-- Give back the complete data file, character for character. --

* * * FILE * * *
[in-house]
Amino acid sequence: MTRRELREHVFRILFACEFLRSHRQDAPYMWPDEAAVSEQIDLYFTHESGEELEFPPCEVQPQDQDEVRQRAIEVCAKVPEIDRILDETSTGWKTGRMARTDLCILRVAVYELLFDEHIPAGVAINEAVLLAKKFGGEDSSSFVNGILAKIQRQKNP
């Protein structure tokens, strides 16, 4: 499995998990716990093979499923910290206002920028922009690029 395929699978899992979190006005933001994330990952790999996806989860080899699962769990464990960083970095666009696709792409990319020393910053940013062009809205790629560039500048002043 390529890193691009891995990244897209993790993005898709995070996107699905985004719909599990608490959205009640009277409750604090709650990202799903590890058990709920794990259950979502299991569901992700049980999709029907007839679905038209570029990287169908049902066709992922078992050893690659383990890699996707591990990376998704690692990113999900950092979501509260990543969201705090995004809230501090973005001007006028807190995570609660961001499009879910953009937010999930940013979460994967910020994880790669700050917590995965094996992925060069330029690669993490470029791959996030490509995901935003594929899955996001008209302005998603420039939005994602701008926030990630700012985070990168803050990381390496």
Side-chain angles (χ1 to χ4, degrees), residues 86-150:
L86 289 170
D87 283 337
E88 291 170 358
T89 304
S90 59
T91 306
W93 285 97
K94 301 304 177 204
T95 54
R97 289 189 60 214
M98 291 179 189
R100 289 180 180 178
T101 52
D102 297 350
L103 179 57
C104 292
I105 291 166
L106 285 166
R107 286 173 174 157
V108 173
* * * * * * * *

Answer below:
[in-house]
Amino acid sequence: MTRRELREHVFRILFACEFLRSHRQDAPYMWPDEAAVSEQIDLYFTHESGEELEFPPCEVQPQDQDEVRQRAIEVCAKVPEIDRILDETSTGWKTGRMARTDLCILRVAVYELLFDEHIPAGVAINEAVLLAKKFGGEDSSSFVNGILAKIQRQKNP
């Protein structure tokens, strides 16, 4: 499995998990716990093979499923910290206002920028922009690029 395929699978899992979190006005933001994330990952790999996806989860080899699962769990464990960083970095666009696709792409990319020393910053940013062009809205790629560039500048002043 390529890193691009891995990244897209993790993005898709995070996107699905985004719909599990608490959205009640009277409750604090709650990202799903590890058990709920794990259950979502299991569901992700049980999709029907007839679905038209570029990287169908049902066709992922078992050893690659383990890699996707591990990376998704690692990113999900950092979501509260990543969201705090995004809230501090973005001007006028807190995570609660961001499009879910953009937010999930940013979460994967910020994880790669700050917590995965094996992925060069330029690669993490470029791959996030490509995901935003594929899955996001008209302005998603420039939005994602701008926030990630700012985070990168803050990381390496």
Side-chain angles (χ1 to χ4, degrees), residues 86-150:
L86 289 170
D87 283 337
E88 291 170 358
T89 304
S90 59
T91 306
W93 285 97
K94 301 304 177 204
T95 54
R97 289 189 60 214
M98 291 179 189
R100 289 180 180 178
T101 52
D102 297 350
L103 179 57
C104 292
I105 291 166
L106 285 166
R107 286 173 174 157
V108 173